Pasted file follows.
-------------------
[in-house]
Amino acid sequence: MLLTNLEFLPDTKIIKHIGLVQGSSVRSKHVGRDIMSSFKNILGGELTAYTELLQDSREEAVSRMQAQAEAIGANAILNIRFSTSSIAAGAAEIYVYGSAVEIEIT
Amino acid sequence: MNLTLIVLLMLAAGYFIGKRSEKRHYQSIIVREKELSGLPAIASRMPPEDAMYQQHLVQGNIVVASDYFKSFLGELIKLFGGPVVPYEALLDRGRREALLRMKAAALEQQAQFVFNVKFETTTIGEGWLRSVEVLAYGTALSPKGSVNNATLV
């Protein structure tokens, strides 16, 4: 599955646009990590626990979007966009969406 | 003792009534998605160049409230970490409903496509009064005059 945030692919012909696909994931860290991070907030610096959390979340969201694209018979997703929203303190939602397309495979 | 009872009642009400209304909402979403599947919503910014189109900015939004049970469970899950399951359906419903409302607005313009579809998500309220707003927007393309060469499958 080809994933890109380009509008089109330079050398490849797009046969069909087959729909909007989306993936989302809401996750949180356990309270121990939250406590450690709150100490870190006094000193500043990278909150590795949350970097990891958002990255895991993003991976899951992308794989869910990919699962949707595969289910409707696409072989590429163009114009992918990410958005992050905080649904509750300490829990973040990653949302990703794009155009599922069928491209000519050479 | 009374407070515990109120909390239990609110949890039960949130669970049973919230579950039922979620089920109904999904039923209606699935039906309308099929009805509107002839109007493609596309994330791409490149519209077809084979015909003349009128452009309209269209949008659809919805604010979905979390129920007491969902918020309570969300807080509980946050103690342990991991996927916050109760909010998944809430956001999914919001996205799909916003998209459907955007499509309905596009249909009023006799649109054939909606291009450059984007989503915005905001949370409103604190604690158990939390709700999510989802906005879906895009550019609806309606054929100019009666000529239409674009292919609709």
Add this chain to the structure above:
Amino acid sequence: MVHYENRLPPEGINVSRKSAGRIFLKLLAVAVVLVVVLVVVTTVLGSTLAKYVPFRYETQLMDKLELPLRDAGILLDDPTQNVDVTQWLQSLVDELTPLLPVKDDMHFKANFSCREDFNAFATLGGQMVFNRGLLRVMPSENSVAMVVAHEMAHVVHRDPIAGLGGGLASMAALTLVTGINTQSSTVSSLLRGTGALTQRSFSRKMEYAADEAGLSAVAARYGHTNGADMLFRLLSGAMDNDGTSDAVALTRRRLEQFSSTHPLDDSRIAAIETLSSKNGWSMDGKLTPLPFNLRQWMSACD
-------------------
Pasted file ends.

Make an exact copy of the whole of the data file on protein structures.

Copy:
[in-house]
Amino acid sequence: MLLTNLEFLPDTKIIKHIGLVQGSSVRSKHVGRDIMSSFKNILGGELTAYTELLQDSREEAVSRMQAQAEAIGANAILNIRFSTSSIAAGAAEIYVYGSAVEIEIT
Amino acid sequence: MNLTLIVLLMLAAGYFIGKRSEKRHYQSIIVREKELSGLPAIASRMPPEDAMYQQHLVQGNIVVASDYFKSFLGELIKLFGGPVVPYEALLDRGRREALLRMKAAALEQQAQFVFNVKFETTTIGEGWLRSVEVLAYGTALSPKGSVNNATLV
């Protein structure tokens, strides 16, 4: 599955646009990590626990979007966009969406 | 003792009534998605160049409230970490409903496509009064005059 945030692919012909696909994931860290991070907030610096959390979340969201694209018979997703929203303190939602397309495979 | 009872009642009400209304909402979403599947919503910014189109900015939004049970469970899950399951359906419903409302607005313009579809998500309220707003927007393309060469499958 080809994933890109380009509008089109330079050398490849797009046969069909087959729909909007989306993936989302809401996750949180356990309270121990939250406590450690709150100490870190006094000193500043990278909150590795949350970097990891958002990255895991993003991976899951992308794989869910990919699962949707595969289910409707696409072989590429163009114009992918990410958005992050905080649904509750300490829990973040990653949302990703794009155009599922069928491209000519050479 | 009374407070515990109120909390239990609110949890039960949130669970049973919230579950039922979620089920109904999904039923209606699935039906309308099929009805509107002839109007493609596309994330791409490149519209077809084979015909003349009128452009309209269209949008659809919805604010979905979390129920007491969902918020309570969300807080509980946050103690342990991991996927916050109760909010998944809430956001999914919001996205799909916003998209459907955007499509309905596009249909009023006799649109054939909606291009450059984007989503915005905001949370409103604190604690158990939390709700999510989802906005879906895009550019609806309606054929100019009666000529239409674009292919609709």
Add this chain to the structure above:
Amino acid sequence: MVHYENRLPPEGINVSRKSAGRIFLKLLAVAVVLVVVLVVVTTVLGSTLAKYVPFRYETQLMDKLELPLRDAGILLDDPTQNVDVTQWLQSLVDELTPLLPVKDDMHFKANFSCREDFNAFATLGGQMVFNRGLLRVMPSENSVAMVVAHEMAHVVHRDPIAGLGGGLASMAALTLVTGINTQSSTVSSLLRGTGALTQRSFSRKMEYAADEAGLSAVAARYGHTNGADMLFRLLSGAMDNDGTSDAVALTRRRLEQFSSTHPLDDSRIAAIETLSSKNGWSMDGKLTPLPFNLRQWMSACD